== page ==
By Robert Barlow
Welding is a pretty complicated and difficult pastime to take up and without an understanding of the nature of welding power and voltage things can get confusing pretty quickly. As a welder you’ll need an in depth understanding of what is required, and this is a good place to start. Here’s a basic rundown of the things you need to know about welding power supplies.
A welding power supply is a device that provides an electric current with which to perform welding. These can range from the high current 80 amperes to the insanely high 12000 amperes, although this is mainly for spot welding. They can also be lower voltage for tungsten arc welding and the like. A welding power supply can range from something as simple as a car battery to the complicated machine based on silicon controlled rectifier technology. There are a broad range that can be broken down into constant current or constant voltage. A constant current machine varies its voltage to maintain a steady current while a constant voltage with change current for the sake of voltage.
The designs can be broken down into three different types, transformer, generator and alternator and inverter.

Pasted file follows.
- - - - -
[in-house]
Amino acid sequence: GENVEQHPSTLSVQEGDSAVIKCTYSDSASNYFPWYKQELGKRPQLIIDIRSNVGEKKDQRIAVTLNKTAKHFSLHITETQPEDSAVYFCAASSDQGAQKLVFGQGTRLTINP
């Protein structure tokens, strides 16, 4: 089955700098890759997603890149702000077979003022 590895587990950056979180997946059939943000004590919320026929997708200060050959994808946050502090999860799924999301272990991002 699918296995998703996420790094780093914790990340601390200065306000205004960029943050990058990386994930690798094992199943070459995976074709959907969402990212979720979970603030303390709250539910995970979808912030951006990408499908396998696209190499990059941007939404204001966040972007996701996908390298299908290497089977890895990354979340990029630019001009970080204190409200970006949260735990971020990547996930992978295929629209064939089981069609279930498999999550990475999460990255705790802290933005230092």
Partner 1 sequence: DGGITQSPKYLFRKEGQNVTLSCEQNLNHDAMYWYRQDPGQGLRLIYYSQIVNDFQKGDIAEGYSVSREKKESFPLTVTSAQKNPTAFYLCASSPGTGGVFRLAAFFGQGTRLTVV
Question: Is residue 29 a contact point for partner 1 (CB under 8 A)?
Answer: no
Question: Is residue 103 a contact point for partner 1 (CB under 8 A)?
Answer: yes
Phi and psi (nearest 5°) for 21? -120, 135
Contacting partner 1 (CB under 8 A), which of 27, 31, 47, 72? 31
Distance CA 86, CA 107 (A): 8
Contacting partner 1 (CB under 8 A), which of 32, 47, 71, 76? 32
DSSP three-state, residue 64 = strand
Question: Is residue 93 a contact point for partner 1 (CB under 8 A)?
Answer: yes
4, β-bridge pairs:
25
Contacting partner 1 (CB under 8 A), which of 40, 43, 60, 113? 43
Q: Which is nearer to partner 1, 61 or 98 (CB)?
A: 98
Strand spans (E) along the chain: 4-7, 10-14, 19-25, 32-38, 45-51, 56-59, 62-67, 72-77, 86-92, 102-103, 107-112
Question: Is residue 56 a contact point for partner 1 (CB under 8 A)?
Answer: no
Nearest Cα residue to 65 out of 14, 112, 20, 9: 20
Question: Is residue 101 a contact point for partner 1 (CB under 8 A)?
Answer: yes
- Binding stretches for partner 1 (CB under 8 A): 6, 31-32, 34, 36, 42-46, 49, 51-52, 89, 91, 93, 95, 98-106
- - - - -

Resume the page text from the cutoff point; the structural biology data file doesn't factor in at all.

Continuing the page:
A transformer style power supply converts the high voltage and low current from a utility main into a high current low voltage. These can alternate between 17 to 45 volts and 55 to 590 amps. A rectifier can also do this for more expensive designs. The advantage of this is the ability for the welder to select the output current by moving a primary winding closer to or farther from a secondary winding. Transformer designs are typically the least expensive but they can also be bulky and clunky to use. They operate at the frequency of 50 to 60 Hz. This low frequency must have a high magnetizing inductance to avoid wasteful shunt currents.
Generator and alternator
Welding power supplies also use generators or alternators. These are designs driven by an internal combustion engine and used to convert mechanical energy into electrical energy. The output of the generator can be a direct current, or even a higher frequency ac current which means these machines can produce direct current from alternated current without the need for rectifiers.
It is now possible to build a switched-mode power supply capable of coping with high loads of arc welding. These designs are known as inverter welding units. They generally rectify the utility AC power to DC then invert DC power into a transformer to produce the desired voltage. This requires some sophisticated technology but it does reduce the bulk of the transformer. The inverter circuitry can provide features such as power control and overload protection. They are generally more efficient and provide better control.
This is only the basic information on the different types and varieties of welding power supply. For more information or explanations of the terms here visit http://www.welding.com.au